David Runcorn
David Runcorn
Reply to  FrDavidH
10 days ago

I know leaders get it wrong. But those they are expected to lead can also get it wrong with our misguided demands and unrealistic expectations and unforgiving responses. ‘Entirely’? Is it ever? Really? So no,I don’t accept the notion that no one else has any responsibility in this business of being unified.

FrDavidH
FrDavidH
Reply to  David Runcorn
10 days ago

I don’t understand the notion that if the Archbishop of Canterbury says something stupid, I must take some responsibility.

Homeless Anglican
Homeless Anglican
Reply to  FrDavidH
10 days ago

Can I ask.. do you have something against the Archbishop? Yes – he has had to apologise. He is not infallible. But I am constantly realising the error of my ways and trying to make amends. It feels like the archbishop is damned if he does and damned if he doesn’t. I wonder if a more gracious and tolerant approach might be to be more constructive and allow him to discern the challenge of trying to keep a diverse communion together and to stand for justice for all. It seems impossible to an outsider, but being open and honest and… Read more »

FrDavidH
FrDavidH
Reply to  Homeless Anglican
10 days ago

I have no less tolerance towards Justin Welby than I do towards our Prime Minister who, admittedly, is unable to apologise for anything. Both are in positions of leadership. Presumably if Boris Johnson enacts unjust policies, we must show gracious tolerance. Or we could vote him out. No one forced Justin Welby to undertake his difficult role. I don’t believe it is ungracious to question if he’s in the right job.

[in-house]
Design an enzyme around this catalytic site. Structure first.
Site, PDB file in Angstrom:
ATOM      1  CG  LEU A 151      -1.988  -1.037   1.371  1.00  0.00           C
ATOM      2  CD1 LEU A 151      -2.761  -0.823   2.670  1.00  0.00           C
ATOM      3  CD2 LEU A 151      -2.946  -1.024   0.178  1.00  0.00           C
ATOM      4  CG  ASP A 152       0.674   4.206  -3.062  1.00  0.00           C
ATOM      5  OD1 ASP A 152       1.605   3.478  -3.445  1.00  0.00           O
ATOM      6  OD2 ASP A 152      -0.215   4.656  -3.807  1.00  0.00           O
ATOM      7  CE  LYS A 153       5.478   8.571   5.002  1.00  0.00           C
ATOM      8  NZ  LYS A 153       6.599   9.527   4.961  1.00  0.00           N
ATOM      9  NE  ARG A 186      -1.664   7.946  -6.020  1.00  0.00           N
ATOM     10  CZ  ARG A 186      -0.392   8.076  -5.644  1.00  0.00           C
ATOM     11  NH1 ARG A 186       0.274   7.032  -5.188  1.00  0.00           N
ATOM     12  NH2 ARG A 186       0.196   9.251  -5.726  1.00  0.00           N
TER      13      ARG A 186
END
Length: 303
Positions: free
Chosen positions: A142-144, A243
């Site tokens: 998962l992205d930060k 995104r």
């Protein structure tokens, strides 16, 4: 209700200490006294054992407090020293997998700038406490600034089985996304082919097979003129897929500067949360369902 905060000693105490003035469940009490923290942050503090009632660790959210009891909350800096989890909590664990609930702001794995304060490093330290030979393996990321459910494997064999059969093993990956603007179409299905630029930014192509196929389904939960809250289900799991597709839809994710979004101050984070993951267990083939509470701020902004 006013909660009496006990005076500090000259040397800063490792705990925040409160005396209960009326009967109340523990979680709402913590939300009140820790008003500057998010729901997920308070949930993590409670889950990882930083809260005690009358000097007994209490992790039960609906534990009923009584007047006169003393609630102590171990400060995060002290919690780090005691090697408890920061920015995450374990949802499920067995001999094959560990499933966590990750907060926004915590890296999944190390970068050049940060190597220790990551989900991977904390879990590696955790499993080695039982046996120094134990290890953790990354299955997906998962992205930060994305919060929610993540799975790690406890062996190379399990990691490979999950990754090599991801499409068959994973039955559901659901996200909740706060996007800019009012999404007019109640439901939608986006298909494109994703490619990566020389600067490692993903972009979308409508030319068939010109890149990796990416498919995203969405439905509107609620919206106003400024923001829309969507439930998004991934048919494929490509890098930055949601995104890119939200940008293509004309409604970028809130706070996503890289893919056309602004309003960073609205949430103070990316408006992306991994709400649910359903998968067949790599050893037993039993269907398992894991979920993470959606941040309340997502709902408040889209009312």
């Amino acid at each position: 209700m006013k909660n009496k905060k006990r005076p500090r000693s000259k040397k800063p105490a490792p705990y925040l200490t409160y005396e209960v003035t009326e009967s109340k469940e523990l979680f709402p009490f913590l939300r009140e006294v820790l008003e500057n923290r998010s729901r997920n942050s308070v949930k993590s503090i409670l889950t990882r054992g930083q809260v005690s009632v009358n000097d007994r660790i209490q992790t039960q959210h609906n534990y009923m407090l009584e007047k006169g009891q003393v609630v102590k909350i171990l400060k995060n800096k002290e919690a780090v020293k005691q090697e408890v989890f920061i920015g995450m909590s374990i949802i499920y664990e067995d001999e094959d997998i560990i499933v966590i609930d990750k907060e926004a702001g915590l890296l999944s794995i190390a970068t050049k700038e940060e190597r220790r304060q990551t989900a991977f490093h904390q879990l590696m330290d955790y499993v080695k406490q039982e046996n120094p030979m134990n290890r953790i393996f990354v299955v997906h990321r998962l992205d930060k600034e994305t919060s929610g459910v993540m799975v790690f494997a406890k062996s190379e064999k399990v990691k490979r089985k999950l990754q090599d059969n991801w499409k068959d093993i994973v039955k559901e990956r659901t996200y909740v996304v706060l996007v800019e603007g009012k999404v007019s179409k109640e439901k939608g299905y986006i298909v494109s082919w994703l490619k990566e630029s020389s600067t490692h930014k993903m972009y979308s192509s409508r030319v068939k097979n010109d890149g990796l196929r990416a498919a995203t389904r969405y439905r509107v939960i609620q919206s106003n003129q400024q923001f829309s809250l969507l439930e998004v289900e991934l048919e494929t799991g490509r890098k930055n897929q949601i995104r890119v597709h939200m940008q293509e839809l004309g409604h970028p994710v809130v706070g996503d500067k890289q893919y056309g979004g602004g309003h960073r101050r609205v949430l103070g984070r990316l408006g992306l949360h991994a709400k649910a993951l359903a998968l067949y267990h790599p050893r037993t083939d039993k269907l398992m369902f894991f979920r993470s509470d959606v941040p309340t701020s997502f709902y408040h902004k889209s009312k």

Homeless Anglican
Homeless Anglican
Reply to  FrDavidH
10 days ago

I think you are confusing vocation and election. You cannot compare the two.

FrDavid H
FrDavid H
Reply to  Homeless Anglican
10 days ago

Boris had a vocation to be “world king” when a young boy. I don’t see why the word ‘vocation’ applies only to religious jobs.

cjcjc
cjcjc
Reply to  Dave
11 days ago

PS if there are some parts of the “post colonial world” who retain primitive attitudes to gay people, and indeed actively seek to persecute them (us), then we shall simply have to accept that “unity” is not possible.

Kate
Kate
Reply to  cjcjc
11 days ago

‘…then we shall simply have to accept that “unity” is not possible.’
 
Agreed Jesus didn’t seem to worry too much about unity if it was in opposition to doing or saying the right thing.

Tim Chesterton
Reply to  Kate
11 days ago

The high priestly prayer in John 17 is about truth, unity, and holiness. We’ve always had problems holding all three together. Maybe that’s why Jesus prayed about it!

Jo B
Jo B
Reply to  cjcjc
11 days ago

To be honest, primitive attitudes might be an improvement (plenty of “primitive” cultures have been supportive and welcoming of LGBT+ folk). What they have is the attitudes of “civilised” countries 70 years ago. No, this homophobia and transphobia isn’t “primitive” or “civilised”, it’s just wrong.

Simon Dawson
Simon Dawson
Reply to  cjcjc
11 days ago

I think the story is the other way around. There is extensive documented evidence from all parts of the world that “primitive” peoples in pre-colonial cultures often had very positive attitudes to gay people, and to other people with all sorts of gender diverse traits and behaviours. Sadly when such cultures were weakened by the varied effects of colonialism – slavery, disease, hunger, genocide – it was Christianity that was able to slot itself into the cultural vacuum and export its own message of homosexual persecution. Whether unity is possible is a moot point, but we should not blame African… Read more »